Euro wobbles ahead of German court ruling, risk appetite improves

Morning Note

Attention this morning was on the German constitutional court and its ruling on the ECB’s long-standing bond buying programme. This could limit the amount of bonds the Bundesbank can buy, potentially creating a rift with the ECB and other member states. The real concern is whether it could affect the €750bn Pandemic Emergency Purchase Programme (PEPP), which has much looser rules than other QE programmes.

 

It’s high stakes – if the court blocks the Bundesbank from participating in QE it would be curtains for the ECB and creates significant Eurozone breakup risks. The good news is that the judges probably realise this. High stakes but the risk of serious ructions appears low.  The European Court of Justice has already ruled in favour of the ECB’s bond buying, so it’s hoped the German court will not rock the boat at this critical moment.

 

EURUSD was lower, breaking down at the 1.09 support having failed to sustain the move above 1.10 last week, which could open move back to around 1.0810. The euro seems to be displaying some degree of stress this morning ahead of the German court ruling. 

 

European markets rose after Asian equities made some gains. Markets in Japan, South Korea and China were shut for a holiday, but Hong Kong and Sydney rose. Wall Street closed a little higher after bulls pushed the S&P 500 into positive territory only in the final hour of trading yesterday. There is a little more risk appetite as oil prices climb.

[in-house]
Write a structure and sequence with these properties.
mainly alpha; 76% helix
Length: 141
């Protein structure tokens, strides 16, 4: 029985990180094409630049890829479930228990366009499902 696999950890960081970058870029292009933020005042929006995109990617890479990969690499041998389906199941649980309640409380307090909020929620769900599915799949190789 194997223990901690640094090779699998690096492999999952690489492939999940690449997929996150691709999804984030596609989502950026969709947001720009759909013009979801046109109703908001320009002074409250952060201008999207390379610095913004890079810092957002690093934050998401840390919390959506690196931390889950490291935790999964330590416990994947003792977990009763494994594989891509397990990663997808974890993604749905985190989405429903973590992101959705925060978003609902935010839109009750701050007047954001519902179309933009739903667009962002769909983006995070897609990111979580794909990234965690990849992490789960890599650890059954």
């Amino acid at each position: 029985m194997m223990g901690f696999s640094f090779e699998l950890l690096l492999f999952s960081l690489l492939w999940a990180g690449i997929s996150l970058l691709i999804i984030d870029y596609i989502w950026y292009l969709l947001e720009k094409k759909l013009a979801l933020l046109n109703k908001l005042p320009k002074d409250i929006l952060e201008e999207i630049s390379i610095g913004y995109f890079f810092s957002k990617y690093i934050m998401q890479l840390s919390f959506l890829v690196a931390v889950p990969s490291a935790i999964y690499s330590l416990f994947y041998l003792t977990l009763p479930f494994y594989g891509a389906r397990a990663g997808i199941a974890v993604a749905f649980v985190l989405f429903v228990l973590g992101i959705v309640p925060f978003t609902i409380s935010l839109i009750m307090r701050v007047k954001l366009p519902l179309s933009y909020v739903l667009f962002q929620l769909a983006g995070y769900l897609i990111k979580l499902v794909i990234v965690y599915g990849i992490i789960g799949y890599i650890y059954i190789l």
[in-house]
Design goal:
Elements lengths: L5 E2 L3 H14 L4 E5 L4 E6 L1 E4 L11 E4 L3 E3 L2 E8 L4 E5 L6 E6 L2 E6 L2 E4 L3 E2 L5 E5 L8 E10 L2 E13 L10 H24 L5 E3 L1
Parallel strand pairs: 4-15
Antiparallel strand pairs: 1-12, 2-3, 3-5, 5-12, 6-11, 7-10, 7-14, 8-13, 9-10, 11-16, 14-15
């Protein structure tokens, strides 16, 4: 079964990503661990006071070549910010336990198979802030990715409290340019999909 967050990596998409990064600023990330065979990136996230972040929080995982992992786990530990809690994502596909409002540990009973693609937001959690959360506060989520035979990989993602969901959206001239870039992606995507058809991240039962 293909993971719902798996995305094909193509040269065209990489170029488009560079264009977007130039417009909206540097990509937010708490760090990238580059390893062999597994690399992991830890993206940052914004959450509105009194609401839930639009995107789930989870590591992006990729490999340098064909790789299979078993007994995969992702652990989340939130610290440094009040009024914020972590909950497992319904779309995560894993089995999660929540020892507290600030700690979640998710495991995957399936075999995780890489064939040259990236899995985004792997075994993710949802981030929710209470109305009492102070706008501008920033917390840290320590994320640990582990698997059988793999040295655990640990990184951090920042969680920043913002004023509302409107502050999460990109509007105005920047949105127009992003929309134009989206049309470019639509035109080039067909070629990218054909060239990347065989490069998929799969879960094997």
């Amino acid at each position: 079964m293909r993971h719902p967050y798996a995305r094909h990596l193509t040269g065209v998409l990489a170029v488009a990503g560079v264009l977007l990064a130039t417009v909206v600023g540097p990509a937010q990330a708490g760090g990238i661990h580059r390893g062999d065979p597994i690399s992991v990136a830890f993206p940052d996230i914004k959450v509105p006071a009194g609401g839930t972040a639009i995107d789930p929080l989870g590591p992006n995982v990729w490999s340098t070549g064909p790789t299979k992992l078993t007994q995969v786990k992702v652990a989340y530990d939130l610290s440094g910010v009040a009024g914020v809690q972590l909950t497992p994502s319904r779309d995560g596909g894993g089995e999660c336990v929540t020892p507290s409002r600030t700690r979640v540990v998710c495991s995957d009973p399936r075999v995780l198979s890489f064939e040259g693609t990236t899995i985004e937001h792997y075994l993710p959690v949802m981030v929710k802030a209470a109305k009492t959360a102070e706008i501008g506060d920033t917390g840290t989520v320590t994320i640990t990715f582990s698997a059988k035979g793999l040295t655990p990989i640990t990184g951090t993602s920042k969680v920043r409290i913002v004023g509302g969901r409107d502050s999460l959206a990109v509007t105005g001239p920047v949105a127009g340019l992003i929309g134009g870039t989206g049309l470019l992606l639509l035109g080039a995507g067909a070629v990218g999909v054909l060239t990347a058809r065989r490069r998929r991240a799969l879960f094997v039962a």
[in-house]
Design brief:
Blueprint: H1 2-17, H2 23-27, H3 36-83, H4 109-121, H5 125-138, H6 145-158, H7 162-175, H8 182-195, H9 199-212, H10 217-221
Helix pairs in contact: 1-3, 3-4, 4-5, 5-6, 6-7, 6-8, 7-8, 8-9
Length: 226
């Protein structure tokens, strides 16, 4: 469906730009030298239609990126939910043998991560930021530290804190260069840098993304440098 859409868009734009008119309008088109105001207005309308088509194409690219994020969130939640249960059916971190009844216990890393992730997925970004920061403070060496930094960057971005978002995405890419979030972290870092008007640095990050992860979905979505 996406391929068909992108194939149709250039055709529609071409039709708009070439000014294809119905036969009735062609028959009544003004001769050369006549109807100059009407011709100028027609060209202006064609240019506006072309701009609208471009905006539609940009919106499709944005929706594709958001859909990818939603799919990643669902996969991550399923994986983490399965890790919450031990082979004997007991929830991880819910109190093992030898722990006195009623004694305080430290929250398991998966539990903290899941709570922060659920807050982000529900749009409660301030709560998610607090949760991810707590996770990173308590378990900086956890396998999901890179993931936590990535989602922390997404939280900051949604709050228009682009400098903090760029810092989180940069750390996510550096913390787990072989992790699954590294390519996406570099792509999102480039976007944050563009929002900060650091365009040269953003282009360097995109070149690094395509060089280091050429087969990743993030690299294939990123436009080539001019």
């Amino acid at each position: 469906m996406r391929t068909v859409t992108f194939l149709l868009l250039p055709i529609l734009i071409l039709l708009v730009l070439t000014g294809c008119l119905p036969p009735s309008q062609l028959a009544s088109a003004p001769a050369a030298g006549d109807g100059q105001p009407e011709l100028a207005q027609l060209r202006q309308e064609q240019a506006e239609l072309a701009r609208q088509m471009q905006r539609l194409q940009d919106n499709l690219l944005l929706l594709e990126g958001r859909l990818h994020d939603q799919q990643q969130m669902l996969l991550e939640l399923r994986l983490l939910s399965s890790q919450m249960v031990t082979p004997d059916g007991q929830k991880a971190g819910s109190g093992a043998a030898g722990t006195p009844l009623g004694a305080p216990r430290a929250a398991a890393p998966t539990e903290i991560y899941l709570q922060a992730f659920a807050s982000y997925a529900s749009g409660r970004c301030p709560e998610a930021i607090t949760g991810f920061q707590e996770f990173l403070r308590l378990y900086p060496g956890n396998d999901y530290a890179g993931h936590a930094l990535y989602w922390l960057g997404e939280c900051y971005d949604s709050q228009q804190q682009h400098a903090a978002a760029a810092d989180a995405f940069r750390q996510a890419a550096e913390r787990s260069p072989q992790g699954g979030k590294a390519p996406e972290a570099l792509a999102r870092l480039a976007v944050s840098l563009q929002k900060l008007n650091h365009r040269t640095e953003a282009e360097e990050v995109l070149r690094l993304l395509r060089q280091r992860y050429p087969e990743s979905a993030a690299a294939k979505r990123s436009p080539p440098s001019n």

The Reserve Bank of Australia left rates on hold at the record low 0.25% and seems to be well dug in here. The RBA won’t go negative and won’t hike until the Covid-19 crisis is well in the rear view mirror. This is a pattern being repeated by most major central banks. 

 

Oil continues to make steady gains with front month WTI to $22 on hopes lockdowns are being lifted. The idea that we will be moving around anything like as much as before is fanciful, at least in the near term. New Zealand is going to be shut to foreigners – except perhaps their pan-Tasman pals – for a long time to come, the prime minister says. Ryanair has reported passenger numbers in April fell 99.6% and sees minimal traffic in May and June. Carnival is getting cruises going again – tentatively – in August. New car registrations in the UK collapsed in April, falling 97% to just 4,000 vehicles.

API data later today could show a very small build in inventories, but as always we prefer to look at tomorrow’s EIA figures. A small build would give more hope to oil bulls that the glut is not as bad as feared, however I would caution that we are simply seeing inventories naturally build more slowly as we approach tank tops.

Chart: EURUSD wobbles